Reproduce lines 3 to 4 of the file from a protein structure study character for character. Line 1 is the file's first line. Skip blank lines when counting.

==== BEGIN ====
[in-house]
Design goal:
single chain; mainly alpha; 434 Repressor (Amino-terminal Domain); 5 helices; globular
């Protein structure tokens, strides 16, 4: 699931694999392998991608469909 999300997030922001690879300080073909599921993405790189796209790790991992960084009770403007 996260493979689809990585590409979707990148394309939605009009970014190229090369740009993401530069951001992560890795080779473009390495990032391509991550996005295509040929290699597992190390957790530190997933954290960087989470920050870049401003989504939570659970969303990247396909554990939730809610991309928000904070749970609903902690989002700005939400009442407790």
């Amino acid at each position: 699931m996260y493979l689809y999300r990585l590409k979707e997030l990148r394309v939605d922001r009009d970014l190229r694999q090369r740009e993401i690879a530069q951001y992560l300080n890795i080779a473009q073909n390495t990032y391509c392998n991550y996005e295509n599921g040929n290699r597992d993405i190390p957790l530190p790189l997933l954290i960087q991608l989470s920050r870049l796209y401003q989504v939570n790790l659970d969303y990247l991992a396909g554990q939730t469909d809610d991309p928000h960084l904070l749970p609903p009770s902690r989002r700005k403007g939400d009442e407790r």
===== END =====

single chain; mainly alpha; 434 Repressor (Amino-terminal Domain); 5 helices; globular
């Protein structure tokens, strides 16, 4: 699931694999392998991608469909 999300997030922001690879300080073909599921993405790189796209790790991992960084009770403007 996260493979689809990585590409979707990148394309939605009009970014190229090369740009993401530069951001992560890795080779473009390495990032391509991550996005295509040929290699597992190390957790530190997933954290960087989470920050870049401003989504939570659970969303990247396909554990939730809610991309928000904070749970609903902690989002700005939400009442407790």